- Posted February 2, 2014 by
Super Bowl 2014 Media Day and the rise of female sports writers
According to a recent Facebook status, Maryrose Mullen considers finally snagging a press pass to Media Day for Super Bowl XLVIII a “belated birthday present (her birthday was January 22nd).”
As the digital news editor of New Jersey Monthly magazine in Morristown, New Jersey, Mullen wanted to be at the forefront of media coverage for one of the biggest events to be hosted by the Garden State. “This is likely the only Super Bowl the Northeast will see, so I wanted to take advantage,” she said.
But acquiring a pass to this media frenzy where 2,000+ members of the media ask athletes not who they’re wearing but “who has the smelliest farts,” is a jarring process. After several unreturned phone calls and no clear guidelines for requesting a pass, Mullen eventually sent an email to the man coordinating the Super Bowl, Frank Supovitz, who was interviewed for a story in an issue of her publication. Mullen filled out an application stating her credentials and was eventually told that she could pick up her press pass on the day of the event.
“I waited outside the Media Relations office of [the] Prudential Center in 14-degree weather for half an hour before I was redirected to a room on the opposite end of the building,” she said.
Contemplating a career move into sports journalism, Mullen found the experience of interviewing NFL athletes invaluable. “Since my only experience has been interviewing high school athletes,” she said, “I thought this would be a good learning opportunity.”
Mullen got the chance to quiz NJ-native Denver Broncos running back Knowshon Moreno and other NJ-native players on both team on their Jersey trivia, “which they failed miserably;” interview the Seahawks defensive coordinator Dan Quinn, and get very close to Broncos quarterback Peyton Manning.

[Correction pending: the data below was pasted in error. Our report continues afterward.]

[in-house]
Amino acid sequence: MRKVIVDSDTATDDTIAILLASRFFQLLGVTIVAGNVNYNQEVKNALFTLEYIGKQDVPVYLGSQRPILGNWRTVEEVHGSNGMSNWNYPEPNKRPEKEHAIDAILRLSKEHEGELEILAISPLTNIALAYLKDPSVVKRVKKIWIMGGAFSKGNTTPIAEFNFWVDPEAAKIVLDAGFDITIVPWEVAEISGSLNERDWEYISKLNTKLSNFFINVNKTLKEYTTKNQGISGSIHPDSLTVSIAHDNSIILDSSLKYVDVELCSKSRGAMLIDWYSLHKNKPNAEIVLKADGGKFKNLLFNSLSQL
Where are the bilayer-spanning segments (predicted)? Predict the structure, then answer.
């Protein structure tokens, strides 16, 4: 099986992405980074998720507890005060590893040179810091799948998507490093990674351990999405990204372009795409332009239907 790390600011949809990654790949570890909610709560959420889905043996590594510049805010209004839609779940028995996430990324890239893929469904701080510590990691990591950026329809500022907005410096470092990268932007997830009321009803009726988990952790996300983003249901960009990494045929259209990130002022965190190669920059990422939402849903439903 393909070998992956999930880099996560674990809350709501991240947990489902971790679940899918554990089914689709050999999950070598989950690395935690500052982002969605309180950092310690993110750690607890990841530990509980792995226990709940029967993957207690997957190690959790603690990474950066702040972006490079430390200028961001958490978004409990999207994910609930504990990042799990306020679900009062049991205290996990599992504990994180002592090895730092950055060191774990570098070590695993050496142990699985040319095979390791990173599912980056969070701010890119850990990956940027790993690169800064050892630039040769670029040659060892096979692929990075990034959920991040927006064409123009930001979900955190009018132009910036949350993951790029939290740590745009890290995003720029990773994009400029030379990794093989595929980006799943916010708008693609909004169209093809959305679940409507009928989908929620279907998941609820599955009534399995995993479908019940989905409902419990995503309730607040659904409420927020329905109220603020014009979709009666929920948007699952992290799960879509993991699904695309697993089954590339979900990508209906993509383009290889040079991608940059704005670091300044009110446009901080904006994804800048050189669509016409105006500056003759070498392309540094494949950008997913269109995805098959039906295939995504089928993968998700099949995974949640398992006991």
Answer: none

Despite the fact that roughly 45 percent of the NFL’s viewership is female, Mullen feels that she often has to prove that she’s a fan. “I frequently feel condescended to, whether by people out in the real world who think I’m faking for attention or by the NFL itself, which has only recently started incorporating women in their advertising,” she said. But the message that most of these ads end up sending is that “real ‘girls’ don’t like dirty football!”
Women and sports aren’t a classic combination, but women sports fans do exist, as do women sports journalists. Mullen stated that she’s seen a lot of women in the New York-New Jersey sports writing market and that she actually saw a good number of women journalists at Media day. Interestingly, though, most of these women were in broadcast; men dominated print.
Mullen’s own experience at Media Day is perhaps a sign that women are beginning to be more respected as fans and journalists. Despite the elbowing and large crowd, “everyone was polite and professional,” she said. One writer from Yahoo Sports even “loaned me his phone charger and saved my life.” While women and sports may never be fond bedfellows, many of the more sexist notions that once permeated the field are beginning to fade, making room for a greater female presence.
First picture is Denver Broncos running back Knowshon Moreno at Media Day
Second Picture is Seattle Seahawks quarterback Russel Wilson